A million pilgrims began the spiritual journey of a lifetime as the first rituals of the annual Hajj began.
Hundreds of thousands of worshippers circled Islam’s holiest site, the Kaaba at the Grand Mosque in Makkah. Many held umbrellas to block the sun as the temperature climbed to 42C.
On Thursday, the pilgrims will move to a vast tented city at Mina, about 5 kilometers from the Grand Mosque, ahead of the main rite at Mount Arafat, where the Prophet Muhammad delivered his final sermon.
Saudi authorities have mounted a massive operation to ensure the health and safety of pilgrims. The Saudi Health Ministry has prepared 23 hospitals and 147 health centres in Makkah and Madinah, the second-holiest city in Islam, to accommodate pilgrims.
Four hospitals and 26 health centers are also ready to treat pilgrims in Mina. There are more than 1,000 beds for patients requiring intensive care and more than 200 specifically for heatstroke patients, and more than 25,000 health workers are ready to respond to cases as they arise.
“It’s all going well so far. I have moved around a lot and saw rules are being respected,” said Faten Abdel Moneim, 65, a mother of four from Egypt.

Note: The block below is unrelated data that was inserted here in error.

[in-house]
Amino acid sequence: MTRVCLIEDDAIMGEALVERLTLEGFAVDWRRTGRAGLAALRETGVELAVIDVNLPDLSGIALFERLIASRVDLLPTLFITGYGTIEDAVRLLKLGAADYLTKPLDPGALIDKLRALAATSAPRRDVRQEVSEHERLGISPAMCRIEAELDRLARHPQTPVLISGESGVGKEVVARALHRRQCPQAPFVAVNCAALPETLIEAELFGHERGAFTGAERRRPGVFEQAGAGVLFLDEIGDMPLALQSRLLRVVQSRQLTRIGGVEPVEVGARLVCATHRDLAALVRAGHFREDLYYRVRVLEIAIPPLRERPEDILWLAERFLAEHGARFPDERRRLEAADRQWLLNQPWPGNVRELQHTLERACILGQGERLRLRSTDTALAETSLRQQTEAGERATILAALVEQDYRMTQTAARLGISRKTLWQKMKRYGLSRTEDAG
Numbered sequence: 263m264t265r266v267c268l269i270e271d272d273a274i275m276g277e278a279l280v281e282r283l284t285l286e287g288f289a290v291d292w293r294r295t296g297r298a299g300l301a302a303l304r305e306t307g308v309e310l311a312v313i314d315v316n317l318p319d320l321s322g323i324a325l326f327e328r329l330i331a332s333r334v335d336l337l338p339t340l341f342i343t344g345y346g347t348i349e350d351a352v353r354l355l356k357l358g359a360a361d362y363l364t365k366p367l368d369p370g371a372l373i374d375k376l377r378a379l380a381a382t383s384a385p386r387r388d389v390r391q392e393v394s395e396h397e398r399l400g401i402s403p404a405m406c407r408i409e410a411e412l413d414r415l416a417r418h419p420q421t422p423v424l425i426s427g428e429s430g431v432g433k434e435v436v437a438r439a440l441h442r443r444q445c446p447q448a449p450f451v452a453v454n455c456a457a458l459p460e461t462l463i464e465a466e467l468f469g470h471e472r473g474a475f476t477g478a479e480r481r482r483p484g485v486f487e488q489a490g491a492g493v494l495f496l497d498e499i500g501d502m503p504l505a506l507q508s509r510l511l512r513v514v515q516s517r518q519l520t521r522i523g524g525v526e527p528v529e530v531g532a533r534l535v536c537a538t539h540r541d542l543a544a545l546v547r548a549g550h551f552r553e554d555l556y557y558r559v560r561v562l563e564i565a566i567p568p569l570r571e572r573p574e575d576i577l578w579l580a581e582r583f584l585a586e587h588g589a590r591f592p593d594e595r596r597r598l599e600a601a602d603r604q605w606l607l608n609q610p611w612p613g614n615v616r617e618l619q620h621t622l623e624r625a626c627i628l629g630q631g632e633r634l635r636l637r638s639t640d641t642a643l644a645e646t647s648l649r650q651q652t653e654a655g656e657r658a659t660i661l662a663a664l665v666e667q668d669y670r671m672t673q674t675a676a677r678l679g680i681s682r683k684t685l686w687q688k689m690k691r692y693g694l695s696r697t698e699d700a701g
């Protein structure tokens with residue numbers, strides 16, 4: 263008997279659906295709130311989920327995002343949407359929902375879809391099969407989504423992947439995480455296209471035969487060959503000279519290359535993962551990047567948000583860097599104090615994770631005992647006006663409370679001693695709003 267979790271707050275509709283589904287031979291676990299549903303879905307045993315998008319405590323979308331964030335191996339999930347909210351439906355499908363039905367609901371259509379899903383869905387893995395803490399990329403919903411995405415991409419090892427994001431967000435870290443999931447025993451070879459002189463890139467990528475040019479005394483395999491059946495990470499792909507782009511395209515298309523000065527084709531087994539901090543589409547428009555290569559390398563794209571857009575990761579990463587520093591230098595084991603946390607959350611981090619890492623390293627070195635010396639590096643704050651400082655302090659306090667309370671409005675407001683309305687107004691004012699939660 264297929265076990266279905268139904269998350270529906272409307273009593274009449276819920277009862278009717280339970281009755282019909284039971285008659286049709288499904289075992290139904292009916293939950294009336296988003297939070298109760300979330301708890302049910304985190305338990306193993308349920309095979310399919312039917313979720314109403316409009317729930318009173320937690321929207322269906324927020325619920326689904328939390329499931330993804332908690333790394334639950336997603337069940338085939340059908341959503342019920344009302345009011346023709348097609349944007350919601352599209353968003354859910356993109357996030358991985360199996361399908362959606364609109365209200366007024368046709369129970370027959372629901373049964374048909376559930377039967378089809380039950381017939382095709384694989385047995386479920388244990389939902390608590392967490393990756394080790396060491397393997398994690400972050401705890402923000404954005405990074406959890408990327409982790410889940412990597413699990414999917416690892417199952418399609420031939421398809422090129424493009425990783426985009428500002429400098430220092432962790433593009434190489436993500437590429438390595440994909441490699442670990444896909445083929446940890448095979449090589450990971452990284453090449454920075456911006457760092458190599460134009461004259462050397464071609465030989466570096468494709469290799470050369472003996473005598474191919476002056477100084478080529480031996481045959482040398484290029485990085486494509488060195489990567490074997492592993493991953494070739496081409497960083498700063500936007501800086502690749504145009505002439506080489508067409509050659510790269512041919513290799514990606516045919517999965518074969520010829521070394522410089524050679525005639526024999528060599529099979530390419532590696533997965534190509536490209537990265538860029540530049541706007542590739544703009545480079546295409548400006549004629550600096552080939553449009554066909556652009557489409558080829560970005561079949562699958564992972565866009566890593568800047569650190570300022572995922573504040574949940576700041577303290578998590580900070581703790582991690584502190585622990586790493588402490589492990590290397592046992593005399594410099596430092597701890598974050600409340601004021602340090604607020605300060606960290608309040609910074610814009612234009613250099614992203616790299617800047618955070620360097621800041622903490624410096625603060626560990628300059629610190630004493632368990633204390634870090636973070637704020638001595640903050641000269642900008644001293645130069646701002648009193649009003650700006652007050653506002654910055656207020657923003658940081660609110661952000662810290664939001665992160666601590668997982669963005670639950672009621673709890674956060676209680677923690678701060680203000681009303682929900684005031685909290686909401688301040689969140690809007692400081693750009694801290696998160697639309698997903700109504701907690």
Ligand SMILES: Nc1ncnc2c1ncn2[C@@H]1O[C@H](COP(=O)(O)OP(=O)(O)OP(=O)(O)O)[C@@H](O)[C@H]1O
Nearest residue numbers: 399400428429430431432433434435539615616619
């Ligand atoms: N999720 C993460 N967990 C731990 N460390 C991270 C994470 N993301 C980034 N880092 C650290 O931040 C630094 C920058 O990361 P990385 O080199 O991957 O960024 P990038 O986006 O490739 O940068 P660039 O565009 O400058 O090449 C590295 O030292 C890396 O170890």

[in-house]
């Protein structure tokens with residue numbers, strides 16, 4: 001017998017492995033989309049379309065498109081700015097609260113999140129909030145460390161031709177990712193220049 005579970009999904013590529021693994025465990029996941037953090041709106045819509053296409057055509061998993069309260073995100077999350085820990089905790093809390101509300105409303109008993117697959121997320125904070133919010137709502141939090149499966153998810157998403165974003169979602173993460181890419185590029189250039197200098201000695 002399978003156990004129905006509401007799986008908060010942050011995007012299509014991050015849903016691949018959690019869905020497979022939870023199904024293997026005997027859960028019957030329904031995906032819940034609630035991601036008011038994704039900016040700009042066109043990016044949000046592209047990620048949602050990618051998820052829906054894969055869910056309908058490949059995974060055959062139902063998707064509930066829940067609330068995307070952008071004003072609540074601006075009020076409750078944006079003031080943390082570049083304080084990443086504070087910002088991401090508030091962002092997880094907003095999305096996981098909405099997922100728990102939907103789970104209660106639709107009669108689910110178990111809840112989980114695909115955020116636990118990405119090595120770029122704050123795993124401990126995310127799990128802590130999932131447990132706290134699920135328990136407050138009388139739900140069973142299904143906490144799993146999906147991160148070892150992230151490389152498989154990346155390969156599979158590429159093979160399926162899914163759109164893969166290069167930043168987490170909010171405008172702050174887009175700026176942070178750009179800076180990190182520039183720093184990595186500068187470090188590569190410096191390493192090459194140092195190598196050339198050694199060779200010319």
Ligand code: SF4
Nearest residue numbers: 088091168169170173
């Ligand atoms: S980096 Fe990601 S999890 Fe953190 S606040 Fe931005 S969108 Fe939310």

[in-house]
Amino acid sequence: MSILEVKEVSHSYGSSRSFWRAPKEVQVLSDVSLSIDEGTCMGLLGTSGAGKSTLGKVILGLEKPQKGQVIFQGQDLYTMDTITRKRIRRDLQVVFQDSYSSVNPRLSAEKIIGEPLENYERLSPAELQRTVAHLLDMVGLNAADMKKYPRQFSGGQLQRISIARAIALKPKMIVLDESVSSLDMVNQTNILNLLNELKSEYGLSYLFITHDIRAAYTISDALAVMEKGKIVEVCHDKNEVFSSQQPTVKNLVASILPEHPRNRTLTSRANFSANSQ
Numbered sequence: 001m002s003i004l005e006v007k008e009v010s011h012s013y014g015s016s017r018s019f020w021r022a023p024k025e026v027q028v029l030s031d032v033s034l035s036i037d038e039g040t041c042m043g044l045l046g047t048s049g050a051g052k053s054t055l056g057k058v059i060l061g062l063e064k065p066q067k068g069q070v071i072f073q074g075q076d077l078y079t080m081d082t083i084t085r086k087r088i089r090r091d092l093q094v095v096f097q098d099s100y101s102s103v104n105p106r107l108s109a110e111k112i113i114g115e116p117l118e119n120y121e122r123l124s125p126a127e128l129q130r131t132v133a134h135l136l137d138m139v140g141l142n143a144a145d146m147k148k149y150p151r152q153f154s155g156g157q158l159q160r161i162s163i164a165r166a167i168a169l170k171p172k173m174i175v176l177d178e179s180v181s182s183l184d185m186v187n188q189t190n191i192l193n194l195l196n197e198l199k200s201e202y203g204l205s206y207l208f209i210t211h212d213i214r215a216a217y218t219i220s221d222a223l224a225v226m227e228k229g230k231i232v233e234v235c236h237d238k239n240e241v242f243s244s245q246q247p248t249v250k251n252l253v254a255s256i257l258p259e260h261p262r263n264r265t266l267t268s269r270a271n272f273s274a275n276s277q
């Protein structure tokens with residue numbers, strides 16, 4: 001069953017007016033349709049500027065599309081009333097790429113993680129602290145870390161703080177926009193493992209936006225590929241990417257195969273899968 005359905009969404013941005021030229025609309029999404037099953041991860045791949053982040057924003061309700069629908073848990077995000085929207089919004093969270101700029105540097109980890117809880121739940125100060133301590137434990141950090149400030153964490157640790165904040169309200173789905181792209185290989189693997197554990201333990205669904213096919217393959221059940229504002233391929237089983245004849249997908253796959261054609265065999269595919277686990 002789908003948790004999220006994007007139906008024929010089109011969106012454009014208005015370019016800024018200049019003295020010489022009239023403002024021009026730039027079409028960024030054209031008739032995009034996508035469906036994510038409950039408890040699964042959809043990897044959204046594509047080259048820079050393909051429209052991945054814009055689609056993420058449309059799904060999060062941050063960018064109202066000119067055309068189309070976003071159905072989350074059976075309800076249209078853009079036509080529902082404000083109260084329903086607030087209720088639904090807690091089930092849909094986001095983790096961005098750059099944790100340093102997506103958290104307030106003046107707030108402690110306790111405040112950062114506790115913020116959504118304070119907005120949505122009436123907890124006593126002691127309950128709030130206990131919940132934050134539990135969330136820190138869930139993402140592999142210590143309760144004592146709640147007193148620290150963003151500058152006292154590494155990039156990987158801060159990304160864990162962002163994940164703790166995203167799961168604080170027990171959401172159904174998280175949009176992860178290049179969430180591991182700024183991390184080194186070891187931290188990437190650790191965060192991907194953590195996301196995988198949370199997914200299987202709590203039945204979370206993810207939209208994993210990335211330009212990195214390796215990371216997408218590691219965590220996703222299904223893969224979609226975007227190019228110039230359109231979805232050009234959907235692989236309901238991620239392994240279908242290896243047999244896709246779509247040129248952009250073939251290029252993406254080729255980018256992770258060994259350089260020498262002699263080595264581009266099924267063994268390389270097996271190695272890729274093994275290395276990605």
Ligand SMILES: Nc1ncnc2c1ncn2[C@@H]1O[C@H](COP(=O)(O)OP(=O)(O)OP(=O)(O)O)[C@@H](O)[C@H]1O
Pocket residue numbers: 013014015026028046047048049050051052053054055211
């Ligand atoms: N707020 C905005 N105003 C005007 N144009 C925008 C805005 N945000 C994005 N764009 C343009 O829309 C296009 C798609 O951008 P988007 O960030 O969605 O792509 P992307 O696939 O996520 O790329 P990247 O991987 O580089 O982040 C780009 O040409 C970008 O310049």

Naima Mohsen, 42, also from Egypt, said: “Being here is the best thing that has ever happened to me. I can’t wait for the rest. My only problem is the weather. It’s just too hot.”
• The Hajj follows a route Prophet Muhammad walked nearly 1,400 years ago and is believed to trace the footsteps of the prophets Ibrahim and Ismail.
• The Qur’an says that all Islam’s followers who are physically and financially able should make the pilgrimage once in their lifetime.
One million fully vaccinated Muslims, including 850,000 from abroad, are allowed at this year's Hajj, after two years of curtailed numbers because of coronavirus pandemic restrictions.
In 2019 about some 2.5 million Muslims from around the world took part in Hajj, but after that the pandemic forced a downsizing. Only 60,000 fully vaccinated residents of the Kingdom took part in 2021, up from a few thousand in 2020.
The restoration of the Hajj stirred bittersweet emotions for pilgrims Sutrisno and Sri Wahyuningsih, two teachers from Indonesia. Sri’s parents were supposed to take part in 2020, but their plans fell victim to the pandemic.
Sri’s father will now never make the journey after he died from a stroke in March, and her mother could not take part because she is over this year’s age limit of 65.
Nevertheless, Sutrisno, 54, and Sri, 51, are joyful at undertaking the Hajj in place of Sri’s parents. “It’s such a huge moral burden to me,” said Sri. “But my mother has given her blessings to me and I have to think that this is a journey I have to go through, everything is Allah’s decision, and I have to go on the Hajj.”